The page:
Polish archaeologists have discovered the remains of an ancient cremation grave under a uniquely-constructed burial mound in the Sarbia forest area of northwest Poland.
The mound is the easternmost in a line of kurgans that are part of a necropolis of the Iron Age Wielbark culture (1st-5th century A.D.) near the village of Mirosław. The excavation revealed the mound was built over an interior stone pavement encircled by two trenches and a ring of wooden posts reinforced with clay walls.
Underneath the pavers is a levelling layer with an impressive range like a stone shim, starting on the east side with a height of six inches and ending on the west side at almost 20 inches high. This strong structure ensured that the tons of stone piled on it to build the kurgan mound would not collapse. Archaeologists believe there were additional elements — wood or clay structures — reinforcing the mound from the other side.
The cremation burial was found inside the leveling layer. It was dug into the center of the square pavement and contains only human remains and one iron spur. Wielbark burials, cremation and inhumation, do not contain weapons or armor. Spurs are the only attributes of warrior burials ever found in Wielbark graves, and even they are rare.
The remains of a person buried here are currently the subject of anthropological research conducted by prof. M. Krenz-Niedbała at the Faculty of Biology, AMU. The temperature of the cremation stack must have been unusually high. This is evidenced by the state of burning human bones, but also small teardrops of metal from grave gifts. The only object that has been preserved in its entirety is a bronze spur, so we can assume that again in the area of the examined cemetery we are dealing with a rider’s grave (or maybe, as was the case in the 2020 season – amazons). Among the damaged pieces of equipment, a fragment of the clasp bow and perhaps a fragment of a S-shaped clasp have survived. After the conservation of the monuments, we will certainly learn more about their function — adds [Andrzej Michałowski, Dean of the Faculty].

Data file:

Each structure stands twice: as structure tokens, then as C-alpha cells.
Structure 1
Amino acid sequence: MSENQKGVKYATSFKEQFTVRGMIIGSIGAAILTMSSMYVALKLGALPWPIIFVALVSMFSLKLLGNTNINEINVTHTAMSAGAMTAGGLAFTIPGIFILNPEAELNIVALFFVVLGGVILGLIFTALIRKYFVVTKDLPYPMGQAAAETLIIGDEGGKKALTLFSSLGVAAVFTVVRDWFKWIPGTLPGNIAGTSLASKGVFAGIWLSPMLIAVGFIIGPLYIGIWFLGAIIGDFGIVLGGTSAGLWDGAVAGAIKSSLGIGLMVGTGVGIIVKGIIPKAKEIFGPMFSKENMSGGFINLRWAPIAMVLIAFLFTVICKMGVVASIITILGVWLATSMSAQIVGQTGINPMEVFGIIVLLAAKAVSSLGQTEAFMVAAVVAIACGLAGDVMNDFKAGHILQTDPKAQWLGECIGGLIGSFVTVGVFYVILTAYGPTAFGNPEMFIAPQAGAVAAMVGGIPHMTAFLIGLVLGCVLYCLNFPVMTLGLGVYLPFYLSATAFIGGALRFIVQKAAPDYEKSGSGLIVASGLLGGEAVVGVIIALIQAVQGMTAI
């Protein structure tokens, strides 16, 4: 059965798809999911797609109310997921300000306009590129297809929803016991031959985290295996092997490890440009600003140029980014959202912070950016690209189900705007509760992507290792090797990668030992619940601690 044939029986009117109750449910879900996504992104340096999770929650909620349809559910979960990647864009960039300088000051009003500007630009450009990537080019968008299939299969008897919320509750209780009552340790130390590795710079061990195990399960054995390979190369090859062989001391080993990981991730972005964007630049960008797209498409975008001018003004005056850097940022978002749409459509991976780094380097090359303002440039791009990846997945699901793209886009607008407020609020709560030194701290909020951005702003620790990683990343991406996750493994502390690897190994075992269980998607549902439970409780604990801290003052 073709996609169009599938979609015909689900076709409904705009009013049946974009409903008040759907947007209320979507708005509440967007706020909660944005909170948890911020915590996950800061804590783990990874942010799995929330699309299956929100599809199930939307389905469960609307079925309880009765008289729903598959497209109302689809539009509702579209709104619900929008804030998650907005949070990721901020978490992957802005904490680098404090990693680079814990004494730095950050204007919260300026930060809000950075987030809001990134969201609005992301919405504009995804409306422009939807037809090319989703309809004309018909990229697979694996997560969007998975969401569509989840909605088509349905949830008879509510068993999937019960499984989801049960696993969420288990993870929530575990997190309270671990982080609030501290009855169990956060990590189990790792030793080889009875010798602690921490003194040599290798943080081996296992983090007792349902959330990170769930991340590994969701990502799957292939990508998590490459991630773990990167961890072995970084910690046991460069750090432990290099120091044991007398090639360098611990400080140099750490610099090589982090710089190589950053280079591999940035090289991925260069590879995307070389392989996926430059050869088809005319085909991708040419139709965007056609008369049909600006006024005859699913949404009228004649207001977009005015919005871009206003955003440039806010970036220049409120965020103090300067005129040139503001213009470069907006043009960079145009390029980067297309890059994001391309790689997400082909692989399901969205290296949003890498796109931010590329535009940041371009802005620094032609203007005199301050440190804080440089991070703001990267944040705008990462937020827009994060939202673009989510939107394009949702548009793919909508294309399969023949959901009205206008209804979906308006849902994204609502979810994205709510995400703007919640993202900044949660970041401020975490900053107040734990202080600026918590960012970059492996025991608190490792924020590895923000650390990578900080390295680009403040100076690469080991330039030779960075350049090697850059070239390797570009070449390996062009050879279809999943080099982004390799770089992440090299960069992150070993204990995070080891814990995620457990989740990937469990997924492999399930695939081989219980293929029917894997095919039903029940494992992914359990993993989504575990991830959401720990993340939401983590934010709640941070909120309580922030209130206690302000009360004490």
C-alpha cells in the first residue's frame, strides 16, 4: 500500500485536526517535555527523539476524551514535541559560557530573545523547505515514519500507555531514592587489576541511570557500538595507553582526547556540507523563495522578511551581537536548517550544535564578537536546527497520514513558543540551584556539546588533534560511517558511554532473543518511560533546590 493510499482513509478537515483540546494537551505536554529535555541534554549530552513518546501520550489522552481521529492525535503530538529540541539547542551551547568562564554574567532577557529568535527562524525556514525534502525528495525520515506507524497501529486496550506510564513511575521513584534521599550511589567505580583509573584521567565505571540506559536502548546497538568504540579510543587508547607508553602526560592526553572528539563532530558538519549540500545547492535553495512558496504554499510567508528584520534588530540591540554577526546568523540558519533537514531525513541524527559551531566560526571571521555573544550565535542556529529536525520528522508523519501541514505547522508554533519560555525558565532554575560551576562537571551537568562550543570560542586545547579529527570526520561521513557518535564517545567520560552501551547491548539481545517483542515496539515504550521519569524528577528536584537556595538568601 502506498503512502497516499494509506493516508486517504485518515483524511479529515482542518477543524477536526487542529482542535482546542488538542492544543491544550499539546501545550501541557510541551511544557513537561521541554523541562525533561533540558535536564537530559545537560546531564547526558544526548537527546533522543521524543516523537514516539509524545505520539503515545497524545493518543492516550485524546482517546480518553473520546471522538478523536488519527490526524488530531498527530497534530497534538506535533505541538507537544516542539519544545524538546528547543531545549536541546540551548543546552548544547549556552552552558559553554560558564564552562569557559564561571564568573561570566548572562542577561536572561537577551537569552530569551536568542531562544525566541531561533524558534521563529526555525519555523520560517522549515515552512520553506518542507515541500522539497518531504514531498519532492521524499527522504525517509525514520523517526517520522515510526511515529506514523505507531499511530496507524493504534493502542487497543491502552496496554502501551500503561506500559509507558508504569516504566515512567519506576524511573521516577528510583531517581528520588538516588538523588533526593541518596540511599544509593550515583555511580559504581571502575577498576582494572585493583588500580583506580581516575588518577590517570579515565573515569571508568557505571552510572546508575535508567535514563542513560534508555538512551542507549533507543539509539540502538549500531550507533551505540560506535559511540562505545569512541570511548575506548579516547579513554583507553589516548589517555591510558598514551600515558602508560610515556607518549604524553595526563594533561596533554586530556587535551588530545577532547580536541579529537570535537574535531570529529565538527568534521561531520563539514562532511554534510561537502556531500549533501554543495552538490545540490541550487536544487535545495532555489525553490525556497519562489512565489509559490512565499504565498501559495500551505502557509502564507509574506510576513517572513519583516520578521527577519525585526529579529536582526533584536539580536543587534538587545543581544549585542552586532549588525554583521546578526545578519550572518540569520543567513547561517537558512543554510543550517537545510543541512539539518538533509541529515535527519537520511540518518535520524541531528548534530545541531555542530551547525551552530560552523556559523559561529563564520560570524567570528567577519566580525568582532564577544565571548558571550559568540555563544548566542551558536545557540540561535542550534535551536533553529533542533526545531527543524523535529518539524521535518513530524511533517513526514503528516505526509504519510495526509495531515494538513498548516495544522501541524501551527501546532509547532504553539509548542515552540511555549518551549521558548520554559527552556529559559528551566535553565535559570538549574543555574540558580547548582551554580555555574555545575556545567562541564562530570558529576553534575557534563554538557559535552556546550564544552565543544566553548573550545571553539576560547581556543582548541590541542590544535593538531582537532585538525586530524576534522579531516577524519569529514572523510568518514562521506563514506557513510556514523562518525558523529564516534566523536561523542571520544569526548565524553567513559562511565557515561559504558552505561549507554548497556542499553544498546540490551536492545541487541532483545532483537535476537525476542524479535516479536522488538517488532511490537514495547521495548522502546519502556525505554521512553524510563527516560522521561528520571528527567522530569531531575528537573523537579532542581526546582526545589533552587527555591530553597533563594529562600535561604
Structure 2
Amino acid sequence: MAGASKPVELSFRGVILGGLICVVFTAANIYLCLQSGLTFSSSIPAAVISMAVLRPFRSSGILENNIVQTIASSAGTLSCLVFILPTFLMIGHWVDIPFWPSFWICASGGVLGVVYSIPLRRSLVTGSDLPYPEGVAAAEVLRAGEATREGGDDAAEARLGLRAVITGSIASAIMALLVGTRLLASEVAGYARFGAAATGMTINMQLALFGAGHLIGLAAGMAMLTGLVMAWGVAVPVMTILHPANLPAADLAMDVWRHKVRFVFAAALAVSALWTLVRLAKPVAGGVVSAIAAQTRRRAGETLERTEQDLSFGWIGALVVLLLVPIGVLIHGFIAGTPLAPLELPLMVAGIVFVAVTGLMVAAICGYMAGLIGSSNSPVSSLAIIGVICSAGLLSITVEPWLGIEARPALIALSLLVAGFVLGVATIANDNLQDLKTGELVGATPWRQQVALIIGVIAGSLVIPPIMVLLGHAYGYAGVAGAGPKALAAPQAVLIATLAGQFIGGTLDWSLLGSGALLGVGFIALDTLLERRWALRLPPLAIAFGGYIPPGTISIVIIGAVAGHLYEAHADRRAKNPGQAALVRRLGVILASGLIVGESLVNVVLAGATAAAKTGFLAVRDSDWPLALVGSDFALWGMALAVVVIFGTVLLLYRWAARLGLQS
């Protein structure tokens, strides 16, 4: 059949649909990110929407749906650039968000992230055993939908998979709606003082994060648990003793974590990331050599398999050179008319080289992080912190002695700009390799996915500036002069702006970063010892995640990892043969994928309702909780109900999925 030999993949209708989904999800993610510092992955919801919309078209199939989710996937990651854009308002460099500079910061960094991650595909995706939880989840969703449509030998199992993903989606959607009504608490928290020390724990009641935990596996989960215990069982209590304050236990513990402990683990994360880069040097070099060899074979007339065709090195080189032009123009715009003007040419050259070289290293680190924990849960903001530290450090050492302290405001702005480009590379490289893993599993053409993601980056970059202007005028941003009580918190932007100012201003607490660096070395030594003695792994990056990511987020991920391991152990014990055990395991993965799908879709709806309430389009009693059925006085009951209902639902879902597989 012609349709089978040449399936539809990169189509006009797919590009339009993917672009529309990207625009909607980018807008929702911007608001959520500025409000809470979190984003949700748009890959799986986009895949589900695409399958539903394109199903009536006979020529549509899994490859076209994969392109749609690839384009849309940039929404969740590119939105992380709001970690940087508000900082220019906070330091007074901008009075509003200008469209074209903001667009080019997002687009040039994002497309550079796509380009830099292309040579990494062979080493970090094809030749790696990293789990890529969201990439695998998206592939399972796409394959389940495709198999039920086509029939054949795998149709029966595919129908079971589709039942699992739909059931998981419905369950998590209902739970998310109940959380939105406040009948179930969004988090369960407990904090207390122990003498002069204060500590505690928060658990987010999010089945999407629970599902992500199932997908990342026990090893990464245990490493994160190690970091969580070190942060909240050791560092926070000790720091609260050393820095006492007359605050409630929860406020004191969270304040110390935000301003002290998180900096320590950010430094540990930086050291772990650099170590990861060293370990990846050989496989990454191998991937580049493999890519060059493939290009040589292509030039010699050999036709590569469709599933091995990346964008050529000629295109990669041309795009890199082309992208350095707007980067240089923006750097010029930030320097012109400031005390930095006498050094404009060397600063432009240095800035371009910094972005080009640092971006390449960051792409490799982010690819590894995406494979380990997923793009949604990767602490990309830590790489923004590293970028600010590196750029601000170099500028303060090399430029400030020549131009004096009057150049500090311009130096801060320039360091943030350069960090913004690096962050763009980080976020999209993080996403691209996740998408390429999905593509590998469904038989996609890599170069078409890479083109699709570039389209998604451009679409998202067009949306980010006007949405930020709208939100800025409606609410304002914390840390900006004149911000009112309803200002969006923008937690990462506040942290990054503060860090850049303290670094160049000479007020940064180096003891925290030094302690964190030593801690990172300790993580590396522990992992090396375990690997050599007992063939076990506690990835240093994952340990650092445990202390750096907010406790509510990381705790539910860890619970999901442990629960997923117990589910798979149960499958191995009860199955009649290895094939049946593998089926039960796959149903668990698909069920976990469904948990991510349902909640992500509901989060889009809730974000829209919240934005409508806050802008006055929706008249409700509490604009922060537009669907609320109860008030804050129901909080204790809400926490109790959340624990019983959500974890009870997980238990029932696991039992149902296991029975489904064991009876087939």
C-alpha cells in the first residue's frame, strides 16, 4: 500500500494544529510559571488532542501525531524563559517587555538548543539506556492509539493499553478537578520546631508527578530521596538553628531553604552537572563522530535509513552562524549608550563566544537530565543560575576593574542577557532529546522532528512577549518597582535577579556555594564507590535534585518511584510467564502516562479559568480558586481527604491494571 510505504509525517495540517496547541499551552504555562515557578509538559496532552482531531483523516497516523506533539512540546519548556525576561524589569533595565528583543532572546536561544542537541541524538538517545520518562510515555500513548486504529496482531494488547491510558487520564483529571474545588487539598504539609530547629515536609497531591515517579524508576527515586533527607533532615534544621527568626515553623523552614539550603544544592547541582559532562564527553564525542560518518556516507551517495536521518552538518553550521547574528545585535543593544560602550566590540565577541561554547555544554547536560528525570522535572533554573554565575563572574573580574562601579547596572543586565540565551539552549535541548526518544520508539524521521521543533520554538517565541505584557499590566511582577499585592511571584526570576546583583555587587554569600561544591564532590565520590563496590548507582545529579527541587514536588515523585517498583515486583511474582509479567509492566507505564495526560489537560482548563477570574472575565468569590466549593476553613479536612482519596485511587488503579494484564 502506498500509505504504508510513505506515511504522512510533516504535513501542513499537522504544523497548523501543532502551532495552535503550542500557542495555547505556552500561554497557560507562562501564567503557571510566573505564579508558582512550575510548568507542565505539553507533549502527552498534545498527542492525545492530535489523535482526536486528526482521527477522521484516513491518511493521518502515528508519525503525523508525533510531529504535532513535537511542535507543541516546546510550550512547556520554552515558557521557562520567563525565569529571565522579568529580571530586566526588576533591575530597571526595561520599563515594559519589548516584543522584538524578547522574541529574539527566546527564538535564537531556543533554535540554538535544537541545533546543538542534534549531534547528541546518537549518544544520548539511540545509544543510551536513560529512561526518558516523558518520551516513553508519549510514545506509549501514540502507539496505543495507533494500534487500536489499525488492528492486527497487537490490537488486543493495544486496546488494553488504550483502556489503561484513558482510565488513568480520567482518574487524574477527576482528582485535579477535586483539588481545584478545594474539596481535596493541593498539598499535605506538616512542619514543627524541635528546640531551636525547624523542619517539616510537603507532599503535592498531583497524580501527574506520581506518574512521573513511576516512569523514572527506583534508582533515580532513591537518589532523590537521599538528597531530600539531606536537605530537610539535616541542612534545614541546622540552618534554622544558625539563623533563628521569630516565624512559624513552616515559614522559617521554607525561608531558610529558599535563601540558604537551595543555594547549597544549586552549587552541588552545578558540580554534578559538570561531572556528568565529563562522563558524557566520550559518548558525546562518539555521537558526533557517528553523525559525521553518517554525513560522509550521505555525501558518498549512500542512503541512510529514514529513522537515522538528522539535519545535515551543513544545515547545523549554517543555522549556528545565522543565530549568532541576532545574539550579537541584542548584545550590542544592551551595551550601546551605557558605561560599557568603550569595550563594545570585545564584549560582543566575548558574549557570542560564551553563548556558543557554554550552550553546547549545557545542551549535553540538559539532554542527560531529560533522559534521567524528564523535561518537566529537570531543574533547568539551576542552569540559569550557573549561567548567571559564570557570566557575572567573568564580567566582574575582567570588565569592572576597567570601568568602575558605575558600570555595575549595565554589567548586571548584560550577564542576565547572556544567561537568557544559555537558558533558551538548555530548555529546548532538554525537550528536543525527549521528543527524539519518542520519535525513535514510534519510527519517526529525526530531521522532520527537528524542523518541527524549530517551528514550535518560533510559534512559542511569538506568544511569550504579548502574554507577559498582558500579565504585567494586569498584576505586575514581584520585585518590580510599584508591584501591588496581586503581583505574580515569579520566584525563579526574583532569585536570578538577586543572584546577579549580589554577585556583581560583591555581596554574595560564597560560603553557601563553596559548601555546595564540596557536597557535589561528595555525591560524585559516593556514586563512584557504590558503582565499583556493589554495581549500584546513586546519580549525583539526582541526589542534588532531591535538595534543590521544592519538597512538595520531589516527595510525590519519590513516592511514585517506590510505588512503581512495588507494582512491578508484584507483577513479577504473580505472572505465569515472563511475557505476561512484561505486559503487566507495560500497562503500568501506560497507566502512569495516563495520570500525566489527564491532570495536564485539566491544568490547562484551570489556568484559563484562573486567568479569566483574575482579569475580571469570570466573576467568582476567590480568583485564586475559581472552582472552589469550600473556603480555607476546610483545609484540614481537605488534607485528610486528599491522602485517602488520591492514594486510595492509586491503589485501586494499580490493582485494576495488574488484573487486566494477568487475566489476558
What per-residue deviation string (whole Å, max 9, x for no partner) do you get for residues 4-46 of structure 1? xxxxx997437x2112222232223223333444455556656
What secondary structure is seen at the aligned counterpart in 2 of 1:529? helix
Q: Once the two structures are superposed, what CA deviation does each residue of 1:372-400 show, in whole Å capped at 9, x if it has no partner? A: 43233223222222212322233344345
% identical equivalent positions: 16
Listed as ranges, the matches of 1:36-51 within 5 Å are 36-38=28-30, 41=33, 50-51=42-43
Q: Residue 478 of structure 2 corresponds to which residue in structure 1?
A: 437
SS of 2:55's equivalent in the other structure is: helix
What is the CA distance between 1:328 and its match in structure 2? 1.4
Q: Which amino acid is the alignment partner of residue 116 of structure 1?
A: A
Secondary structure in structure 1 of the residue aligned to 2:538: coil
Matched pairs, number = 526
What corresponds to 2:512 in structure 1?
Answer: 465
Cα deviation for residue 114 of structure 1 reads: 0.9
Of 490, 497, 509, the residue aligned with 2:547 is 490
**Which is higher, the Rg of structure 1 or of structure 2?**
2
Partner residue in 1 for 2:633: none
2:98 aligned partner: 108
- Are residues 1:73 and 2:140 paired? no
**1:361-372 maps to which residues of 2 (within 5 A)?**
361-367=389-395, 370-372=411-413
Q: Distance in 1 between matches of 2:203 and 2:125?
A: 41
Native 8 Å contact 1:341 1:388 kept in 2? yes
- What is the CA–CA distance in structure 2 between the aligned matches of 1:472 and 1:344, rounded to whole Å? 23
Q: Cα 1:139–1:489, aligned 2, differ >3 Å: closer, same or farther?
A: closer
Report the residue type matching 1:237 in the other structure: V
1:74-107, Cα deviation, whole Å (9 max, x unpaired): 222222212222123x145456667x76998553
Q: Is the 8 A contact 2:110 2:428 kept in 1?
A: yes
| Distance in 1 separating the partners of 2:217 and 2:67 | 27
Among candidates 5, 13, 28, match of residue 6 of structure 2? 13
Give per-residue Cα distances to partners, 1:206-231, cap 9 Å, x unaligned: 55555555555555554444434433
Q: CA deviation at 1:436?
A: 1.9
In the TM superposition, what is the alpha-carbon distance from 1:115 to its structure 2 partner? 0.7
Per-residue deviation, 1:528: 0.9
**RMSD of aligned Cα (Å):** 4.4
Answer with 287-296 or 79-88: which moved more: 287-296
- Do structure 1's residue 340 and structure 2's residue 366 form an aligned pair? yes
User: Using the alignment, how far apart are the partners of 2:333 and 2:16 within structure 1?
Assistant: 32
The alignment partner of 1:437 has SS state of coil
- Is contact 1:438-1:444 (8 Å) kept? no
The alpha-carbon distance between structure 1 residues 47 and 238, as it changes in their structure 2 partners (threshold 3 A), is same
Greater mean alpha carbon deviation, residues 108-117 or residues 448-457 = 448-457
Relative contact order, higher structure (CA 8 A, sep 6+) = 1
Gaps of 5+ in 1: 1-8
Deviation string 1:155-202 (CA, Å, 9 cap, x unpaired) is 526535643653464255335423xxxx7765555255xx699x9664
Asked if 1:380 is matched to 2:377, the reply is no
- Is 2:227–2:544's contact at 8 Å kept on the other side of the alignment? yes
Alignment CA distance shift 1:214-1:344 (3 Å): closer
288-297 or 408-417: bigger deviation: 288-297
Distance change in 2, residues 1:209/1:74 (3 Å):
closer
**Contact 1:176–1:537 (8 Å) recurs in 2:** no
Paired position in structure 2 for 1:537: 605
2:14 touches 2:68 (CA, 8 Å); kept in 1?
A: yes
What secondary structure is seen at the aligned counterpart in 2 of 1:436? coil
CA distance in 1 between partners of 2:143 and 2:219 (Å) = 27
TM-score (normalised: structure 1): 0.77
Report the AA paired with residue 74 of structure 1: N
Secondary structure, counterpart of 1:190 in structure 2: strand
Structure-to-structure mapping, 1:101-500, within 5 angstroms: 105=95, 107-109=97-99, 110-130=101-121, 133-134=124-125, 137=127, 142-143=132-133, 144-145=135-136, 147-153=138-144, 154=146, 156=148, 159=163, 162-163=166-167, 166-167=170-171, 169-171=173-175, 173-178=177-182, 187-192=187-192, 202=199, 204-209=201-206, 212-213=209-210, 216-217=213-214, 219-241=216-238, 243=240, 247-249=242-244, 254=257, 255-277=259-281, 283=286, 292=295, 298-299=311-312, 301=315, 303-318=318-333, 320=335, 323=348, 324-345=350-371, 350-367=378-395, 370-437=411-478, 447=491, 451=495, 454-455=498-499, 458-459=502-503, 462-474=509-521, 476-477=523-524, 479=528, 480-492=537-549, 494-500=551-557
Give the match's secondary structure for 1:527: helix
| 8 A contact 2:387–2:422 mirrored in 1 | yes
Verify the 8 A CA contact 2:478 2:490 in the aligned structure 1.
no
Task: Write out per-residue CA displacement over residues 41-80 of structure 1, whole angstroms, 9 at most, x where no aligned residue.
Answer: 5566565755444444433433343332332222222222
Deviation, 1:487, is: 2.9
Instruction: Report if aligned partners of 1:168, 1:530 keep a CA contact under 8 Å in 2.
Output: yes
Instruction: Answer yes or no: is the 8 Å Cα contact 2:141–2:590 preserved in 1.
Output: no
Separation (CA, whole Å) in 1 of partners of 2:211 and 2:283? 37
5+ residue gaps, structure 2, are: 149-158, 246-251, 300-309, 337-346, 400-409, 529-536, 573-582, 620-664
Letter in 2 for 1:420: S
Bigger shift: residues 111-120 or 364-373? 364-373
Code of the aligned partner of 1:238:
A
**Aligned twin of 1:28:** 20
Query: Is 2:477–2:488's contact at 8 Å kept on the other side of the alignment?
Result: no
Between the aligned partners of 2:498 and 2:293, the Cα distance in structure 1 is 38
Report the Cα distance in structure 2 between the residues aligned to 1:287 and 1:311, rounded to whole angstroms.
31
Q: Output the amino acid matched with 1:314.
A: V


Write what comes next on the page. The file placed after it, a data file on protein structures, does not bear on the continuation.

Near the grave, from the east, as was the case under the embankment of the 7th burial mound examined in 2016, a trace of the bottom of the iron firing furnace was recorded. Nearby, during the works carried out in the area of the embankment, there were iron slags, probably coming from the basin that had been dismantled before the construction of the burial mound.